In the forested wilderness of the Democratic Republic of Congo, Imara is a child soldier, or kadogo
, held captive by a gang of murderous rebels. In her role as Spirit Child, she "turns enemy bullets into rain," or so the rebels believe, keeping them safe as they raid villages and evade government troops. When Black Mamba, leader of the gang, sets up a mine for coltan, a mineral essential for "every computer and cell phone in the world
," his buyer wants a baby gorilla as part of the deal. The gang locates a nearby gorilla family, kills the great silverback, and steals his baby for the sale.
Meanwhile, 14-year-old Bobo is searching for his father, a wildlife park ranger who disappeared while trying to protect these same gorillas. When Bobo stumbles into the Mamba camp, he, too, is enslaved by the rebels. Bobo continues to seek clues about his father even as he teaches Imara how to care for the gorilla baby. Despite intense danger, both he and Imara know they must return the gorilla to the wild.
In Gorilla Dawn
, author (and veterinarian) Gill Lewis (One White Dolphin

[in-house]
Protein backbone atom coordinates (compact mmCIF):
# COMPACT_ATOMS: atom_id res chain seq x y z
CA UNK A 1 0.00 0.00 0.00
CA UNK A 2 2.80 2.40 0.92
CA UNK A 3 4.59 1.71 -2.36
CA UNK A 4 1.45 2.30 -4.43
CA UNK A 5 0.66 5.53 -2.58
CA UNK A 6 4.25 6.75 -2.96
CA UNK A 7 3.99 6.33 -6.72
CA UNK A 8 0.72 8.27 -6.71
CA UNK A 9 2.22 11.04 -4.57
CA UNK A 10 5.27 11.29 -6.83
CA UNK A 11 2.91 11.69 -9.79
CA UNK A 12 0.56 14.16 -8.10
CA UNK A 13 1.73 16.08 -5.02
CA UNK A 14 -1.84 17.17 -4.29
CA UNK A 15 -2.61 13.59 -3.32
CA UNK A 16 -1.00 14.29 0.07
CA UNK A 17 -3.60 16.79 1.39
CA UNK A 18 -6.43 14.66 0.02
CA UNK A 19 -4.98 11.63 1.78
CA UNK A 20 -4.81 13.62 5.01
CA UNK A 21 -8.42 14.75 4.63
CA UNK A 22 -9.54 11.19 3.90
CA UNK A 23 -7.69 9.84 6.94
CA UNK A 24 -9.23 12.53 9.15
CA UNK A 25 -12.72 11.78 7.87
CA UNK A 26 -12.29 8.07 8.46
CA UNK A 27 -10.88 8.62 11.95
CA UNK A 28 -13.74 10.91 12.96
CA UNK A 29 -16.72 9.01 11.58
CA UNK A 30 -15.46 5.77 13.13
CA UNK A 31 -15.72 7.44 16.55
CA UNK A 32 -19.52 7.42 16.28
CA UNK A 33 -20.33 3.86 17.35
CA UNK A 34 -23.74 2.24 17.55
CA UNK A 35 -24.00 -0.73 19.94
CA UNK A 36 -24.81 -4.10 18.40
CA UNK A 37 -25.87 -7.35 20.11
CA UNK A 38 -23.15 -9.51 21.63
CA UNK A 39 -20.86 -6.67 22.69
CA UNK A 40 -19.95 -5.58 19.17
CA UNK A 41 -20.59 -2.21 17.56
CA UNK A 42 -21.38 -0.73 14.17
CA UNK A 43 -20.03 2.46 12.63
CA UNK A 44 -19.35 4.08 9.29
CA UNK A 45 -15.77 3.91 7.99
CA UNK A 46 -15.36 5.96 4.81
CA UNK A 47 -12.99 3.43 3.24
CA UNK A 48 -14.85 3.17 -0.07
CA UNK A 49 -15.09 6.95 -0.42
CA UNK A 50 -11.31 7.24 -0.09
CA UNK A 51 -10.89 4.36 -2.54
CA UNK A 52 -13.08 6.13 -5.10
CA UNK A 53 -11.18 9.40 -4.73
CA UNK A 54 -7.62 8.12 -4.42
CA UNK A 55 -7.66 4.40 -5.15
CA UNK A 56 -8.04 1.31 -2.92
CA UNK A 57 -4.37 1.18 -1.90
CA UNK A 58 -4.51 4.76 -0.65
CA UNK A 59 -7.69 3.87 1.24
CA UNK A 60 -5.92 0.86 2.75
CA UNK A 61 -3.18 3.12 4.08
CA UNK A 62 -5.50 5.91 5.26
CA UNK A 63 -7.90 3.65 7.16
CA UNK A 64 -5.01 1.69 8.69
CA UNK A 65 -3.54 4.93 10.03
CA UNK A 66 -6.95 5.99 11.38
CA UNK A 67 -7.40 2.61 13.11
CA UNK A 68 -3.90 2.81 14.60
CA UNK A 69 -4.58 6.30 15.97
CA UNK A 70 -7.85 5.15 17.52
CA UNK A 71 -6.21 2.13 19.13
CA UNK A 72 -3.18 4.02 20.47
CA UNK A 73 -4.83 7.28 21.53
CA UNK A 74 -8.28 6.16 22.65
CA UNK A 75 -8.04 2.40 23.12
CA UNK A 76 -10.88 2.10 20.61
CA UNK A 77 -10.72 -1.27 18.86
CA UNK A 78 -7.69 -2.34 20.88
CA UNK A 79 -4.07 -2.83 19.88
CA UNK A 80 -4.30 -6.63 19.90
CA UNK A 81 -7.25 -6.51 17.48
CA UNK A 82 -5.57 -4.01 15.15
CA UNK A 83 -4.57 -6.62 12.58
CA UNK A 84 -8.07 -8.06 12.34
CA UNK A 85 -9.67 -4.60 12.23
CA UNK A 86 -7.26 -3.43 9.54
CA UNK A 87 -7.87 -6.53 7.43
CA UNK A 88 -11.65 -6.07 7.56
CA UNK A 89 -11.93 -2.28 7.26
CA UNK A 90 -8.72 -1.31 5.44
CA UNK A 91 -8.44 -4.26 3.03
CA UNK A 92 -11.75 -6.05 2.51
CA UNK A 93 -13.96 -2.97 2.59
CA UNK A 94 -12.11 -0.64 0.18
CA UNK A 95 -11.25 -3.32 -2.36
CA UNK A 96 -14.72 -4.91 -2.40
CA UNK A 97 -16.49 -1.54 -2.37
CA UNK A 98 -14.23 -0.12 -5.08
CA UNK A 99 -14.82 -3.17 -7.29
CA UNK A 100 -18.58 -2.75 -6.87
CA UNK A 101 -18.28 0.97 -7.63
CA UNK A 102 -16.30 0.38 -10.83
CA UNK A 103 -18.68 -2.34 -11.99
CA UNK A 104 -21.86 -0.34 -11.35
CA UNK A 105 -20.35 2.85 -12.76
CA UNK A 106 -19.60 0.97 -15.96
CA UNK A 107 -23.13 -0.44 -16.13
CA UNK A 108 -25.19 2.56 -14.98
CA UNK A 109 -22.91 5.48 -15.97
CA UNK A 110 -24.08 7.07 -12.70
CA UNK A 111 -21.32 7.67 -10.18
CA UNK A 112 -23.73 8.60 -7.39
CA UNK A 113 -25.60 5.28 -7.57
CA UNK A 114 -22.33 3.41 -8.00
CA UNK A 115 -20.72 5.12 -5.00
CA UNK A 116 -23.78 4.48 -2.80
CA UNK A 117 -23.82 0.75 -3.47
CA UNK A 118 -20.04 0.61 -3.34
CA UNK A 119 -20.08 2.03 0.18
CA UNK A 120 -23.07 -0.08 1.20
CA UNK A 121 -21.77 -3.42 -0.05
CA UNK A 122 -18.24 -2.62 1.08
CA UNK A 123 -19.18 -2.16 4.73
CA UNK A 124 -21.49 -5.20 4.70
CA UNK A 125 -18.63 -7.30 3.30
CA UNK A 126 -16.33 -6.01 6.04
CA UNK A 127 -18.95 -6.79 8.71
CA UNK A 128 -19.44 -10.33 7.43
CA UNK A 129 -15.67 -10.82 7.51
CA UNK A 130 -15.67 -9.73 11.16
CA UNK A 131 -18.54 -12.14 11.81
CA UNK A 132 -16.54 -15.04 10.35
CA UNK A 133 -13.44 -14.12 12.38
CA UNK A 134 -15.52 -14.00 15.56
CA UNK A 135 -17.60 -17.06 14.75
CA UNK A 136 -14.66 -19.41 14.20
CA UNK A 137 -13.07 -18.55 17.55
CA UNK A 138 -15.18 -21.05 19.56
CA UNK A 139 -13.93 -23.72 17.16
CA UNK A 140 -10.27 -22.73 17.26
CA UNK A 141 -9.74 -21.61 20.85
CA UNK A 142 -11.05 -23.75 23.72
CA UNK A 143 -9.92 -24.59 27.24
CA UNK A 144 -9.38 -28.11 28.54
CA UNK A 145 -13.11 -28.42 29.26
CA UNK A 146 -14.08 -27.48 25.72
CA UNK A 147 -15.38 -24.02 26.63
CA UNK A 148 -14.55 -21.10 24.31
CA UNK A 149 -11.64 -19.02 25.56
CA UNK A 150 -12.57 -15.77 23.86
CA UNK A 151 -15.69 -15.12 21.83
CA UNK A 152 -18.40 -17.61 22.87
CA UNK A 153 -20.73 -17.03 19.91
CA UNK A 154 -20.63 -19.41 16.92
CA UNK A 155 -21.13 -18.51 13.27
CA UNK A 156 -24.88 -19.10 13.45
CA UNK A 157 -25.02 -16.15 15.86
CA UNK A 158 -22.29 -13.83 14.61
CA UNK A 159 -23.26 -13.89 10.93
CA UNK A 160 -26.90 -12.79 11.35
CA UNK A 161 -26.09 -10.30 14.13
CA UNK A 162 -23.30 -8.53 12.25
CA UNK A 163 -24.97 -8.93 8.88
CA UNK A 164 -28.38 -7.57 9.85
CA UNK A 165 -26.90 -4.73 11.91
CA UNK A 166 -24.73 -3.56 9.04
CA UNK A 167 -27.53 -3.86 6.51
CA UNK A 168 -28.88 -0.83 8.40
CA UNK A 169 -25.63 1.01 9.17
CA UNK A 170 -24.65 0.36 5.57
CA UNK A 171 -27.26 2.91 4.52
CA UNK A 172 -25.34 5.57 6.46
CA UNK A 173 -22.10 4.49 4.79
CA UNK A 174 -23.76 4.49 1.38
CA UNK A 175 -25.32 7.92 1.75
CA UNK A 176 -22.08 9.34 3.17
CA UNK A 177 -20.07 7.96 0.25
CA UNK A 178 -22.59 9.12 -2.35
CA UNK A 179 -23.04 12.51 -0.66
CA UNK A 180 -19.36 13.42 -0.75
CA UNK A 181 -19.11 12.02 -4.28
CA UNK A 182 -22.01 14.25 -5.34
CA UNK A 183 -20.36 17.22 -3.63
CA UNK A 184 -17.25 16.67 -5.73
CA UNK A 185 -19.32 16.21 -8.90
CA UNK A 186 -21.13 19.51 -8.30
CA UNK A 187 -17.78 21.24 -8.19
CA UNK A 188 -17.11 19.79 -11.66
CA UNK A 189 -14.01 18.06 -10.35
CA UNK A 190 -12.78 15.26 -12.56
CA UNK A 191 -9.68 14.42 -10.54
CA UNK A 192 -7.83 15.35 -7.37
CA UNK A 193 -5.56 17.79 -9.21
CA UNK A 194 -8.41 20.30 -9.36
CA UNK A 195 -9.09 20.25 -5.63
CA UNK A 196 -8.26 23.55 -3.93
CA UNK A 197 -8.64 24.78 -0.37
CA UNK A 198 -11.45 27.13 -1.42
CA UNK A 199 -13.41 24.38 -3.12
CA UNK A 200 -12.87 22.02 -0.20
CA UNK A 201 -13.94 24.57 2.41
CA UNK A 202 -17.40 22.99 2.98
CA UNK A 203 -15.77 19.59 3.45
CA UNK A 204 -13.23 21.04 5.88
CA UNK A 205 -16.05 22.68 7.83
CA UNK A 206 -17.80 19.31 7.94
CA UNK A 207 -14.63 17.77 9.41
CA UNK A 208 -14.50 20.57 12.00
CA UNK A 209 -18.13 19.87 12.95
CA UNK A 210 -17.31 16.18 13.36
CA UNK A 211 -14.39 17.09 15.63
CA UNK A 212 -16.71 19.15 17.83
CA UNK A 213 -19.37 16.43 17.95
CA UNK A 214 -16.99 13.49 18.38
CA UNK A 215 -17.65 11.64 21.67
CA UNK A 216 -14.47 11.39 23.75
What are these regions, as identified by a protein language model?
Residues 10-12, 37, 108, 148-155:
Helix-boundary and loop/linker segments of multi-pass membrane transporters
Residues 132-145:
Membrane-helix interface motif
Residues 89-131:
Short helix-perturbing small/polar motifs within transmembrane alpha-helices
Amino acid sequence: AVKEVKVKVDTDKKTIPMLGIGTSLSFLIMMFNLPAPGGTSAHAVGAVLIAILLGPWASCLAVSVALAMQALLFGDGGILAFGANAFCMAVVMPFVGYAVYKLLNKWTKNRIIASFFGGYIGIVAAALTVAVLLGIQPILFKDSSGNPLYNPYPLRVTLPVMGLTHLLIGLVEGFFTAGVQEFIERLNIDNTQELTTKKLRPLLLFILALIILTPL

) provides a microcosm of human interconnectedness with the planet, and an author's note explains how the forests drive global weather patterns and regulate air and water quality. On top of the eco-perspective, Lewis infuses her novel with excitement and suspense, as the kadogo
grapple with death on a daily basis. Amidst the brutality, it is the tenderness growing in Imara as she opens her heart to the baby gorilla that distinguishes this powerful, multifaceted story. --Lynn Becker, blogger and host of Book Talk, a monthly online discussion of children's books for SCBWI Discover:
In this suspenseful middle-grade novel, a girl enslaved by a Congolese gang learns to be as brutal as her captors--until a baby gorilla is brought into camp.--Shelf Awareness "2/3/17 "